Hot answers tagged

47

No, it does not. In C, variables have a fixed set of memory addresses to work with. If you are working on a system with 4-byte ints, and you set an int variable to 2,147,483,647 and then add 1, the variable will usually contain -2147483648. (On most systems. The behavior is actually undefined.) No other memory locations will be modified. In essence, ...


40

Eventually, I thought you will become a better programmer knowing this because you'll know what's happening rather than assuming that everything is magic. These are not contradictory things. I have no idea how to pave a road, but I know that it is not magic. But a month ago, I came across this book called Structure and Interpretation of Computer ...


31

I know why abstraction is great, but doesn't that prevent you from learning how computers work? Certainly not. If you want to understand the abstractions at work, then study those abstractions. If you want to understand the low-level technical details of a real, physical, computer then study those details. If you want to understand both, study both. (In ...


24

Signed integer overflow is undefined behavior. If this happens your program is invalid. The compiler is not required to check this for you, so it may generate an executable that appears to do something reasonable, but there is no guarantee that it will. However, unsigned integer overflow is well-defined. It will wrap modulo UINT_MAX+1. The memory not ...


23

No, this is not bad practice, it is even encouraged to do so, although one could even use conventions like struct foo *foo_new(); and void foo_free(struct foo *foo); Of course, as a comment says, only do this where appropriate. There is no sense in using a constructor for an int. The prefix foo_ is a convention followed by a lot of libraries, because it ...


20

No, abstractions don't prevent you from understanding how things work. Abstractions allow you to understand why (to what end) things work the way they do. First off, let's make one thing clear: pretty much everything you've ever known is at a level of abstraction. Java is an abstraction, C++ is an abstraction, C is an abstraction, x86 is an abstraction, ...


16

A key skill in programming is simultaneously thinking at multiple levels of abstraction. Another key skill is building abstractions; this skill uses the previous one. Low-level programming is valuable in part because it exercises and expands both these skills. SICP models and implements interpreters, simulators for a machine model, and a compiler to that ...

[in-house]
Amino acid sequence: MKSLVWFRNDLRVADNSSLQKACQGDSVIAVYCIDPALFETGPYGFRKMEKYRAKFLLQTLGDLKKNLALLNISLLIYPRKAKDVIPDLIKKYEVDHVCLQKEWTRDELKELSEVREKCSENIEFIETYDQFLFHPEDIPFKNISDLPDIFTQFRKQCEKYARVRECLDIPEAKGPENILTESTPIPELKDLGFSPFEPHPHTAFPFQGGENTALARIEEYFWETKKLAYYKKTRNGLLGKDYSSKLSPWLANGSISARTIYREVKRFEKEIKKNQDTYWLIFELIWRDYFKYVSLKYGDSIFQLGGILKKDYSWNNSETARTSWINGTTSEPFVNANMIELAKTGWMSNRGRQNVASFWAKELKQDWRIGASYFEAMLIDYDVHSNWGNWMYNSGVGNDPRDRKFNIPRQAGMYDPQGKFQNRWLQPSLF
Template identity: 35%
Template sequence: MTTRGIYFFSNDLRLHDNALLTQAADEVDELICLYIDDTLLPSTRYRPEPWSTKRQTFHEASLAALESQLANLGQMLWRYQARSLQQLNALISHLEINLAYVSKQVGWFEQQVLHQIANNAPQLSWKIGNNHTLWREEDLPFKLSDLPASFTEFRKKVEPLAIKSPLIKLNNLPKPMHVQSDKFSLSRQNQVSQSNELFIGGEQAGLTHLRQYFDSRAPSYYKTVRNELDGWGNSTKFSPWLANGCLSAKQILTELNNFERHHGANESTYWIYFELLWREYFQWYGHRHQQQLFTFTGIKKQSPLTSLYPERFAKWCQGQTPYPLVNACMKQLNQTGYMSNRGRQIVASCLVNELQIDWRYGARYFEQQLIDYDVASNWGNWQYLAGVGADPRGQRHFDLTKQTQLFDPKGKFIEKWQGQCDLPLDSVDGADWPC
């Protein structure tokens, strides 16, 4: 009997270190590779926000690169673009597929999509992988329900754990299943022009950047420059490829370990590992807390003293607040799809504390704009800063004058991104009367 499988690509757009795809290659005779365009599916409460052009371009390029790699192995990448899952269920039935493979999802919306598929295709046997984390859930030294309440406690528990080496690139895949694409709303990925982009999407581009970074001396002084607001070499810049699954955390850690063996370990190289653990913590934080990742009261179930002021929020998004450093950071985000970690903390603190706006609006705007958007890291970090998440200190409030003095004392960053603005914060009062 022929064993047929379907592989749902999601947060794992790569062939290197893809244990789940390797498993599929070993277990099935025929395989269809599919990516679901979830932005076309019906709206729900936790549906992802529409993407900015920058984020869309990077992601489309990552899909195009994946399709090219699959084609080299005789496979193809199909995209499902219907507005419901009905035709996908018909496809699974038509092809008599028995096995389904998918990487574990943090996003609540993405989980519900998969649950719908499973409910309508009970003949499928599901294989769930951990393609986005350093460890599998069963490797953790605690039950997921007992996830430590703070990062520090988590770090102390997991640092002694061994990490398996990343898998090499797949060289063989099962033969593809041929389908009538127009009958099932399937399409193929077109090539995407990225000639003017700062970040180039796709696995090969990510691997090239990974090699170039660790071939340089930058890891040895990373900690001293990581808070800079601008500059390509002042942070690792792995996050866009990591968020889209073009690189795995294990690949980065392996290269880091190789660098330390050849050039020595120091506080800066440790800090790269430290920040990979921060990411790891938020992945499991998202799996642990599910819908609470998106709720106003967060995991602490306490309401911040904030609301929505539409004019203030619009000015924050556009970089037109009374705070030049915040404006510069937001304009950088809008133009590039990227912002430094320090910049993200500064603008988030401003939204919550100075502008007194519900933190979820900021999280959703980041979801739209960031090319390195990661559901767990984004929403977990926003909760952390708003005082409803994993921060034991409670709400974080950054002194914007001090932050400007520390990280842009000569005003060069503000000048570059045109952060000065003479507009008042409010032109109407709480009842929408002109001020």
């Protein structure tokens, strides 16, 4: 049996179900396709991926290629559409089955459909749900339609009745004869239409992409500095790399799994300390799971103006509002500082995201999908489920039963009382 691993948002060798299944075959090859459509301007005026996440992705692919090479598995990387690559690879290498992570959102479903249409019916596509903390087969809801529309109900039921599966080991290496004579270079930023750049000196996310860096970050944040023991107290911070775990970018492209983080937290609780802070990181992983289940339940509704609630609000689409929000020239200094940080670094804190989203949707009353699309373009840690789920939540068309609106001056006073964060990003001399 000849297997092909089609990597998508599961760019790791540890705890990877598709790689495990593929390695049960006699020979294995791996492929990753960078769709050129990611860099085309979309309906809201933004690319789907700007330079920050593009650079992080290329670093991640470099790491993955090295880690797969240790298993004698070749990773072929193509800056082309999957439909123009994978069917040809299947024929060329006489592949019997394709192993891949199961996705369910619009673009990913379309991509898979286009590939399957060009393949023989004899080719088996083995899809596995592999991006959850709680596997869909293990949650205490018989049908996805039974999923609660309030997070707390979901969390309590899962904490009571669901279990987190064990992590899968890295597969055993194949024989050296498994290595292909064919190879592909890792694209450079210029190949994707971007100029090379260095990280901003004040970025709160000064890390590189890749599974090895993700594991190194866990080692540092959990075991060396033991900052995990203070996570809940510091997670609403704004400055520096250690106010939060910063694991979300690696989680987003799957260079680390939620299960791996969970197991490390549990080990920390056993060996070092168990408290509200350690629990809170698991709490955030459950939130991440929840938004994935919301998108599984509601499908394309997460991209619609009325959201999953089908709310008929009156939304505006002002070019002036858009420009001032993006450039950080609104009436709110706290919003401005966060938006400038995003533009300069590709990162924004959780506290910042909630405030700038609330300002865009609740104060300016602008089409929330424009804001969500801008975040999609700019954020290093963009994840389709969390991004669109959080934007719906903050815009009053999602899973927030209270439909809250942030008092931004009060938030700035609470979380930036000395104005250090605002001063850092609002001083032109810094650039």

14

So, there are two things here: the language level: what are the semantics of C the machine level: what are the semantics of the assembly/CPU you use At the language level: In C: overflow and underflow are defined as modulo arithmetic for unsigned integers, thus their value "loops" overflow and underflow are Undefined Behavior for signed integers, ...


12

No is the correct answer. However, seeing that both variables have been declared on stack right after each other, you might actually write p++ to maybe obtain the pointer to memory location where b is, if you are lucky. Note this is in no case safe and can never be relied upon, as it relies on undefined behaviour.


11

From http://www.jslint.com/chistory.html ("The Development of the C Language" by Dennis M. Ritchie): Many other changes occurred around 1972-3, but the most important was the introduction of the preprocessor, partly at the urging of Alan Snyder [Snyder 74], but also in recognition of the utility of the the file-inclusion mechanisms available in BCPL and ...


10

The compiler is only required to honor legal, valid constructs. Compilers have myriads of choices to make in code generation. Compilers have many, many ways of doing the same thing. If the difference between one choice or another can't be observed -- by the program, using only valid language constructs -- then it will generally opt for the more ...


10

What happens when you didn't mean to have a multi-line string, but instead forgot to close the quote? The parser will chew through the code until it hits another quote in a completely different part of the program, then proceed as normal. This will very likely lead to confusing, unrelated errors since the string is no longer the parse error. At worst, you ...


8

You hit on one of the only reasons this is useful: mapping external data structures. Those include memory-mapped video buffers, hardware registers, etc. They also include data transmitted intact outside the program, like SSL certificates, IP packets, JPEG images, and pretty much any other data structure that has a persistent life outside the program.


5

I know why abstraction is great, but doesn't that prevent you from learning how computers work? Am I missing something? Go to a magic show and you'll be entertained but you won't understand how the tricks work. Read a book on magic and you'll learn how tricks work but you still won't be entertaining. Do both. Work hard. And you might be both. ...


5

No one said unit tests have to be run all on the same platform - but no one said you could reach 100% test coverage either. As a first step, #ifdef out the code, preferably factoring it into a platform-specific function. Write a suitable implementation of this function for x86. However, I don't think it is appropriate to select the code to be compiled based ...